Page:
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Wael Abed’s ‘Of Pyramids and Stones’ Revives Egypt’s Ancient Heritage

With many Egyptians taking their heritage for granted, photographer Wael Abed hopes to encourage people to rediscover their nation’s ancient history.

Patrick Davies

Wael Abed’s ‘Of Pyramids and Stones’ Revives Egypt’s Ancient Heritage

The classic Cairo scene of jostling traffic and the constant cacophony of the ‘kalaks’ - ringing out from every car, bus, lorry, motorbike, scooter and even horse carriage - has been described an uncountable number of times. But the ever-present backdrop of Egypt’s ancient history and timeless landscape has faded into abject unimportance or irrelevance for most drivers passing by every day. It is this fact that photographer Wael Abed dreams of changing, through any medium available to him. His latest photographic exhibition at the CLEG Gallery, titled ‘Of Pyramids and Stones’, is part of what has become his mission; to get Egyptians interested in the history and landscapes of their own country. Abed kindly took us on a tour of the exhibition, explaining his process, his vision, and his connection with the subject: Egypt. His Egypt. Our Egypt.

With an extended run lasting until February 22nd, Abed’s exhibition is a marriage of the very old and the very new. The centrepieces of the exhibition are of course his photographs of the Pyramids of Giza and their surroundings. With a tasteful dose of sepia tone, and an aversion to capturing any tour buses or garish modern billboards, the images take on a timeless character, in harmony with their ancient subjects.

“This exhibition is about paving the way for people to start generating interest in their heritage once again,” Abed tells CairoScene. “I hope that these images, this exhibition, encourages people to read about their history and to proceed with further research.”

In the images, clever composition captures the contrast between the vast pyramids and the smaller, but no less impressive, tombs dedicated to the wives of past kings. Staggered framing of each pyramid stacked behind the other creates an illusion of a stairway to the sky, something those once dwelling within would surely approve of. Billowing clouds caught in time put us face to face with the thousands of years of inclement conditions which these massive mausoleums have weathered. And alongside these images are pieces of text, though their source may well surprise you.

Whilst his photographs of the Pyramids are of course the natural centrepieces of the exhibition, the text that accompanies several works gives life to the stories solidified within the stone edifices. In deep contrast with the age of their topic, several of the texts have been created with artificial intelligence. Using creative prompts, Abed used AI to generate several pieces of text which accompany the exhibits. One such example is an AI-generated song, written from the perspective of one of the thousands of men charged with building the behemoth pyramids. On a brief break taken in the shade of the not-yet-built structures, perhaps behind a boulder-sized stone waiting to be hoisted or dragged into position, this worker reflects on the mammoth task ahead of him and his many colleagues, and on the faith that drives them to contribute to something that will long outlast them.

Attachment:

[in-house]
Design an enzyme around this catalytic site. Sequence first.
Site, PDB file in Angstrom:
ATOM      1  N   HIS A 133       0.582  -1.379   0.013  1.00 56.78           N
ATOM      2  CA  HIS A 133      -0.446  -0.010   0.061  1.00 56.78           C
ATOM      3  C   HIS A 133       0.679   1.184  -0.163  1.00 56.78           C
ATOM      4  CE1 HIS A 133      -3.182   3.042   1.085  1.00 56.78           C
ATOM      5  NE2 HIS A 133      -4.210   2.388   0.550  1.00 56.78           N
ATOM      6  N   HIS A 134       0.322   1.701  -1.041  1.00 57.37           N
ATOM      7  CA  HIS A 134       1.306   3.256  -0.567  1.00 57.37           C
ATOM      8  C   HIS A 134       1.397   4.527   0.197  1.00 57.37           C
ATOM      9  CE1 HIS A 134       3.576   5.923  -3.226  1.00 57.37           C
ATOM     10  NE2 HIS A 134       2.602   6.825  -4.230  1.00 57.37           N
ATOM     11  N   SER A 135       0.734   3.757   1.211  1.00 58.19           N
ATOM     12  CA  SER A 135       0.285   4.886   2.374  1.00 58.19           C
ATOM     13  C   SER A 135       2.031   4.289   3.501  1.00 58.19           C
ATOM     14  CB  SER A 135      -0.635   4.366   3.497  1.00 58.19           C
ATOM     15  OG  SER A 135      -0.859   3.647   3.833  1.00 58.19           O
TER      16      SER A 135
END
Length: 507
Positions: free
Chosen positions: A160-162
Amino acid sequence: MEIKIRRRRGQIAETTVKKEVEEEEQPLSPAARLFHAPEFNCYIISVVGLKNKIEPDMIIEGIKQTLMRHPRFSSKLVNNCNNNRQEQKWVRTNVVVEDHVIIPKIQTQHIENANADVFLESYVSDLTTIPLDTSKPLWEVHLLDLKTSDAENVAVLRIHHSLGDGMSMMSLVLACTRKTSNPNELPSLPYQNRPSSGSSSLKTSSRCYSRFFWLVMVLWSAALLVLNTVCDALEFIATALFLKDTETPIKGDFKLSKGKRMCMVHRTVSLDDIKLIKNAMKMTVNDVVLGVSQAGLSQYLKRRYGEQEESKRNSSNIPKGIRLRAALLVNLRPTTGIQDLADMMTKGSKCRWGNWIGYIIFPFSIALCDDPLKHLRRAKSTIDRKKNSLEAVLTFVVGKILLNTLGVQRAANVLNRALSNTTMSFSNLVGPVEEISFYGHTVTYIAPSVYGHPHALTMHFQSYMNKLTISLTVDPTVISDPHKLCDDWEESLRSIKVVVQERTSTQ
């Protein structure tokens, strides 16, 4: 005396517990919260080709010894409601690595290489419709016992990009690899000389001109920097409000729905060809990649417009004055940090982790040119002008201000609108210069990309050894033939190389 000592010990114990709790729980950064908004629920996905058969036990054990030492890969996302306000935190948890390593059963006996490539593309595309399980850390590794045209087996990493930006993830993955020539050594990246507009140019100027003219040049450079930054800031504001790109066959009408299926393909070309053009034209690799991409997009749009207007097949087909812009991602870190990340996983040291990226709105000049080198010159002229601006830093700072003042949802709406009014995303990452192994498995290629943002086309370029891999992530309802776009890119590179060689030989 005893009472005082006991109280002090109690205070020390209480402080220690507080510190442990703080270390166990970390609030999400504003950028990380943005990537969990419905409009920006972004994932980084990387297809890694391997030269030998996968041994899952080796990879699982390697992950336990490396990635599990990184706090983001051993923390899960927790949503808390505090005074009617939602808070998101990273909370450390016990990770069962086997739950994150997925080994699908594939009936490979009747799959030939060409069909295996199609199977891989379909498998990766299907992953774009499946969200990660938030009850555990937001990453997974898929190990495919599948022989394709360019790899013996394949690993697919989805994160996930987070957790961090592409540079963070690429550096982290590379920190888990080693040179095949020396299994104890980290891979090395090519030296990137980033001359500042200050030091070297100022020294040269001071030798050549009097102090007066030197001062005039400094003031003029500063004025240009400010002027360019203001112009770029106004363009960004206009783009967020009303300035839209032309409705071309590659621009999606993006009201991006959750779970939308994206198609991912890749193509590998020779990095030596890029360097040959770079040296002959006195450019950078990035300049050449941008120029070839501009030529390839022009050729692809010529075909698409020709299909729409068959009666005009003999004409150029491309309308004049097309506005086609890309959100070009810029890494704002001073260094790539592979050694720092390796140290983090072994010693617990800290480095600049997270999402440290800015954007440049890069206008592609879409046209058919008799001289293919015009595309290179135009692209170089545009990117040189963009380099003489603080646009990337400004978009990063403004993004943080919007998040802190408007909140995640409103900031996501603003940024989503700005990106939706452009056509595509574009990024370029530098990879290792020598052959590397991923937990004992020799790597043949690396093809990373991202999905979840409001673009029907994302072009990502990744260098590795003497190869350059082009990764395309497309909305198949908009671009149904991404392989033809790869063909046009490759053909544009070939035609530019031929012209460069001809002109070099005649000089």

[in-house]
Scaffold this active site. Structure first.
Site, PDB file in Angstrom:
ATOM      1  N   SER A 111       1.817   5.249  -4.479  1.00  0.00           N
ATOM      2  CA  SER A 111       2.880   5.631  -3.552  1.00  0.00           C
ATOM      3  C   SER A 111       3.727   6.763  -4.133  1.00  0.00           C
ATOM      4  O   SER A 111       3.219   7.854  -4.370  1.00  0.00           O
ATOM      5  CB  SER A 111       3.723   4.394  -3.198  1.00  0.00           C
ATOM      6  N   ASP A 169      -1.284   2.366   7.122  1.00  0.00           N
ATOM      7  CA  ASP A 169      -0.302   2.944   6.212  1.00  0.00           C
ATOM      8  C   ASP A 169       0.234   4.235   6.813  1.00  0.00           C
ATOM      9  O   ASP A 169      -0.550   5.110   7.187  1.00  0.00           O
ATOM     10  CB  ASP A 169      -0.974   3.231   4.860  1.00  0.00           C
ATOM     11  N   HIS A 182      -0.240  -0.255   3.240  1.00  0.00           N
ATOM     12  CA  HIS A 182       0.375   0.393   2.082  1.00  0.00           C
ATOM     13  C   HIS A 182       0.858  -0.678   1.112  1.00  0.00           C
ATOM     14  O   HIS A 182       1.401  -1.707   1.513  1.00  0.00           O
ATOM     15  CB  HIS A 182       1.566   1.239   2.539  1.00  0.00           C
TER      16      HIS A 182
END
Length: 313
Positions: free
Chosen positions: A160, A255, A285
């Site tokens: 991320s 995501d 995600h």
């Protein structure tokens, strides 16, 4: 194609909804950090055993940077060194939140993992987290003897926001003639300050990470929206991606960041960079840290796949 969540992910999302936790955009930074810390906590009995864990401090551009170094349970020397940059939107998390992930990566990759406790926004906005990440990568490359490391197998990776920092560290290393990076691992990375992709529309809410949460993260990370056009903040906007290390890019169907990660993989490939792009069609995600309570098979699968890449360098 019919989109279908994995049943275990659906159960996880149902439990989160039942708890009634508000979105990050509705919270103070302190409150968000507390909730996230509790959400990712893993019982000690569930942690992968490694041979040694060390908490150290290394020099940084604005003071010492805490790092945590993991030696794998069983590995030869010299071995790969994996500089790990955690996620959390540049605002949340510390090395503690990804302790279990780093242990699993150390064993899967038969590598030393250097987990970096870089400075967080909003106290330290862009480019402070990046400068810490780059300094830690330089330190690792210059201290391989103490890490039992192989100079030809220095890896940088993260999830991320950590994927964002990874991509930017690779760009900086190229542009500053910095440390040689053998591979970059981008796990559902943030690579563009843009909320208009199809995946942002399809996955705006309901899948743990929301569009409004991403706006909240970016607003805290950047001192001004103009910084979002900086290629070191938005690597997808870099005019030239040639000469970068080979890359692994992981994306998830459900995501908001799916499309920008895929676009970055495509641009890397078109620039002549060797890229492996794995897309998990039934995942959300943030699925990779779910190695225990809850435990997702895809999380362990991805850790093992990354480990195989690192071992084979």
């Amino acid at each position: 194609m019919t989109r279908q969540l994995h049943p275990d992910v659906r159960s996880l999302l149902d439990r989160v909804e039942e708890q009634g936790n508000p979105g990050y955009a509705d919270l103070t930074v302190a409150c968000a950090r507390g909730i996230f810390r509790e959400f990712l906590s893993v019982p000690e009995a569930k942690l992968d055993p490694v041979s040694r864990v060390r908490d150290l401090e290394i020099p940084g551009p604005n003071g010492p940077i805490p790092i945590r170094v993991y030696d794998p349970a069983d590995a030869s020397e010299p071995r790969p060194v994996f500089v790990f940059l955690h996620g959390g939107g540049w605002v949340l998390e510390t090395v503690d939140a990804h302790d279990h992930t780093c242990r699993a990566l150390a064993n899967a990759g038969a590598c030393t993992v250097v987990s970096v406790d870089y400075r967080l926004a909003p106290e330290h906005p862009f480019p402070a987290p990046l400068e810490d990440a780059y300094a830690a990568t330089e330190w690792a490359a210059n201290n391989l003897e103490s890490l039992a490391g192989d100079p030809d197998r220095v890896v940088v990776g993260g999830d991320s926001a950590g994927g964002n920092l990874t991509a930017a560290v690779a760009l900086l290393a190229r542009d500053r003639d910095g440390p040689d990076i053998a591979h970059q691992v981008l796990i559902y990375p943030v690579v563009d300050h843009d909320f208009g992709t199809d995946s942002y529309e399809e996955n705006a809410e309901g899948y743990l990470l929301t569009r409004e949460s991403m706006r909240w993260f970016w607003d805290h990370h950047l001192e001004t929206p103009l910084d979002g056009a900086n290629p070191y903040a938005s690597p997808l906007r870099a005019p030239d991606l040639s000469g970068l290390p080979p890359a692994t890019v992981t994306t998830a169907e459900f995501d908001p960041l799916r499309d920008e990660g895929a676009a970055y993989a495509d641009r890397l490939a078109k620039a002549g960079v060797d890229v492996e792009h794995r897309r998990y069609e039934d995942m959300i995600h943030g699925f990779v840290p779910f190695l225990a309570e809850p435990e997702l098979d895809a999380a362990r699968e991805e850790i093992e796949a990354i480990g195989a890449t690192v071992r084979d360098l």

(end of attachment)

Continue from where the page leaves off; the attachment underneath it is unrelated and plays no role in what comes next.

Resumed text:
Another AI-generated text elsewhere in the gallery imagines what Khufu’s request to those building his eventual tomb might have looked like, in a letter to the chief architect. We can hardly imagine the levels of organisation and logistics required to complete these projects, but a letter from this perspective humanises Khufu’s requests, his yearning for an indelible landmark of his legacy. In this case, the power of hindsight could barely be greater. His unimaginable request, and the execution of it by loyal subjects, created the only remaining Ancient Wonder of the World.

When everyone often focuses on the indescribable chaos of modern Cairo, that over-stimulating cacophony with which we are all very familiar, Wael Abed chooses the great, silent, unmoving monoliths of a country he is proud to call home. It is that feeling he wishes to convey and transfer to his audience, specifically to his Egyptian audience. “I put this exhibition together in the hope that it will encourage people to look into the heritage of Egypt in a way that they usually don't,” Abed explains. Standing watch as the centuries-old sentinels of this land, the Pyramids are Abed’s chosen subject matter, both for the meaning they hold unto themselves, but also as a symbol for people’s interest in their national history and identity, something he hopes to augment with his artistic expression and curation.